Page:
I've got a very nice CD of ex-velvet underground John Cale (a fellow welshman) singing some Dylan Thomas poetry to music composed by Cale and played by the Moscow Philharmonic orchestra - Words for the Dying


posted by Pericles at 7:40 AM on June 18, 2003


IMO, honoring someones life by partaking in that which killed them is bizarre. I realize this is a common practice but I find it disturbing.
posted by anathema at 8:31 AM on June 18, 2003


Cool post. That's all.
posted by xmutex at 8:31 AM on June 18, 2003


I had lived around the corner from the White Horse and though I never ran into Thomas there I did meet Tom Clancy (irish folk music) and my now ex-wife--moral easy on the drinks.

I did hear Thomas live, twice, at the Univ. of Connecticut, where he was brought there by John Malcolm Brinin, the poet/teacher who arranged his American visits . Thomas not only a big drinker but also an incredible womanizer.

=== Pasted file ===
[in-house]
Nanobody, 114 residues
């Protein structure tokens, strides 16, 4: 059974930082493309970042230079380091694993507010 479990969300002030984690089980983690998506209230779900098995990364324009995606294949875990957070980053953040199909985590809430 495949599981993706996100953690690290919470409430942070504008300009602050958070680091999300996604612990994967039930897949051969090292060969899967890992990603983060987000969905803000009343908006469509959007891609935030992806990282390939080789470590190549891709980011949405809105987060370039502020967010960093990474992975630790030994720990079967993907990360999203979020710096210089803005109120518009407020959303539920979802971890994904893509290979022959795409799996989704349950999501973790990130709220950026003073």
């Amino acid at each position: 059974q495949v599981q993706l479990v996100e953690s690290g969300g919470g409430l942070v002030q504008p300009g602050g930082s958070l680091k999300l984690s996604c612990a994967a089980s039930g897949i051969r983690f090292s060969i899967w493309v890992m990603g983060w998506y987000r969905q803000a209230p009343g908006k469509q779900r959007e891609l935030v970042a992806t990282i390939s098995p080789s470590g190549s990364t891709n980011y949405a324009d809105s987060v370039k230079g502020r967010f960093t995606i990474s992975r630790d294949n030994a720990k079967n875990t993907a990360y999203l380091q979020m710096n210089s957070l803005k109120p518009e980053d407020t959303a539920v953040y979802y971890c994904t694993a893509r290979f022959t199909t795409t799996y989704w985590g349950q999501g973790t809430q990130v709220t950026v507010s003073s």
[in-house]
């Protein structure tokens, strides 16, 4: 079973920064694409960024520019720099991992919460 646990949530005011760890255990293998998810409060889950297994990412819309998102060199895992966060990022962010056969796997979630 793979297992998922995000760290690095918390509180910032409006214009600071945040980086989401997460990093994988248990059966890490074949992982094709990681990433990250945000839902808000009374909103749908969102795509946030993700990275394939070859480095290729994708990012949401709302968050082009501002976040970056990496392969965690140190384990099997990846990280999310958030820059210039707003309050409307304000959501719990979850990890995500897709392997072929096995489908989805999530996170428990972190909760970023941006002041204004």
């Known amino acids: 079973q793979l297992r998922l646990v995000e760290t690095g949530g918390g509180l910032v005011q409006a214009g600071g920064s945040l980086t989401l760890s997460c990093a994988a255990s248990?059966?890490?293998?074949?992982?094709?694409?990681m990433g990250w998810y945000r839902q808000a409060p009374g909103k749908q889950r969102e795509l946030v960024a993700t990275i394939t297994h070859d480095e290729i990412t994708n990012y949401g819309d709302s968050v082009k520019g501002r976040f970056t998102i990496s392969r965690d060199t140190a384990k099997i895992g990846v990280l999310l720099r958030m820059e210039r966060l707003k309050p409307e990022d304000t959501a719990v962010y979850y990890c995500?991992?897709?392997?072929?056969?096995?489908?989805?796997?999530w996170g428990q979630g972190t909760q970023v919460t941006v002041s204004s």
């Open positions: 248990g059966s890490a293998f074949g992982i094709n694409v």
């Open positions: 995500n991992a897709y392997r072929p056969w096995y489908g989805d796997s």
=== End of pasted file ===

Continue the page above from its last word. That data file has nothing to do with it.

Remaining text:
Had Thomas nevver written a line of poetry he would have made a mark for his wonderful voice in reading his and the poetry of others...all of which is available on record.
Try thiws link for photos that accompany each line of the poem posted: http://crookedmuse.keenspace.com/death.html
posted by Postroad at 8:40 AM on June 18, 2003


IMO, honoring someones life by partaking in that which killed them is bizarre.

I think it has to do with celebrating the impulse and means to alter consciousness on the part of the creative personality in question. Also drinking whiskey is pleasurable. The annual Isadora Duncan autochoke-athon is less popular. Drinking eighteen whiskies would be in bad taste.
posted by liam at 8:48 AM on June 18, 2003